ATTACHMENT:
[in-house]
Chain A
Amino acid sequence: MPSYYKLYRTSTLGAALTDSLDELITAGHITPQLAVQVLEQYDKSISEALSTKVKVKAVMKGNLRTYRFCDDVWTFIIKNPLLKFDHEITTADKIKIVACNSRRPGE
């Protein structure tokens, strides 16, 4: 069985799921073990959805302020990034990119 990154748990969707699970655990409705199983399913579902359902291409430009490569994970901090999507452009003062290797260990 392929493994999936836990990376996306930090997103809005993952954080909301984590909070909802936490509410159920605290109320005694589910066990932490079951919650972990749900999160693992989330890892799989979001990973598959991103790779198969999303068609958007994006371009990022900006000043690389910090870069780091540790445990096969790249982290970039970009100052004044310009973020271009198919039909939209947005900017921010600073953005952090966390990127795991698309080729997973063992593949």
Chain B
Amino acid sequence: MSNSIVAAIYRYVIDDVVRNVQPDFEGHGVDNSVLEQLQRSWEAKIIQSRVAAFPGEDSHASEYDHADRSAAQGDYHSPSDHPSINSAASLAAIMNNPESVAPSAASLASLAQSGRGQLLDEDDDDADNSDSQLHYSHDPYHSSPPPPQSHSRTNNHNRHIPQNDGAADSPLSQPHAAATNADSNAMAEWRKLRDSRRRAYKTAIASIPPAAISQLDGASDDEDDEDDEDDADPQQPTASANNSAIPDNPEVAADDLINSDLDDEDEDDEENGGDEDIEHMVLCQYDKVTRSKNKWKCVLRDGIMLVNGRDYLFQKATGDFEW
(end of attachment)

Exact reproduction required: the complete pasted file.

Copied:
[in-house]
Chain A
Amino acid sequence: MPSYYKLYRTSTLGAALTDSLDELITAGHITPQLAVQVLEQYDKSISEALSTKVKVKAVMKGNLRTYRFCDDVWTFIIKNPLLKFDHEITTADKIKIVACNSRRPGE
């Protein structure tokens, strides 16, 4: 069985799921073990959805302020990034990119 990154748990969707699970655990409705199983399913579902359902291409430009490569994970901090999507452009003062290797260990 392929493994999936836990990376996306930090997103809005993952954080909301984590909070909802936490509410159920605290109320005694589910066990932490079951919650972990749900999160693992989330890892799989979001990973598959991103790779198969999303068609958007994006371009990022900006000043690389910090870069780091540790445990096969790249982290970039970009100052004044310009973020271009198919039909939209947005900017921010600073953005952090966390990127795991698309080729997973063992593949």
Chain B
Amino acid sequence: MSNSIVAAIYRYVIDDVVRNVQPDFEGHGVDNSVLEQLQRSWEAKIIQSRVAAFPGEDSHASEYDHADRSAAQGDYHSPSDHPSINSAASLAAIMNNPESVAPSAASLASLAQSGRGQLLDEDDDDADNSDSQLHYSHDPYHSSPPPPQSHSRTNNHNRHIPQNDGAADSPLSQPHAAATNADSNAMAEWRKLRDSRRRAYKTAIASIPPAAISQLDGASDDEDDEDDEDDADPQQPTASANNSAIPDNPEVAADDLINSDLDDEDEDDEENGGDEDIEHMVLCQYDKVTRSKNKWKCVLRDGIMLVNGRDYLFQKATGDFEW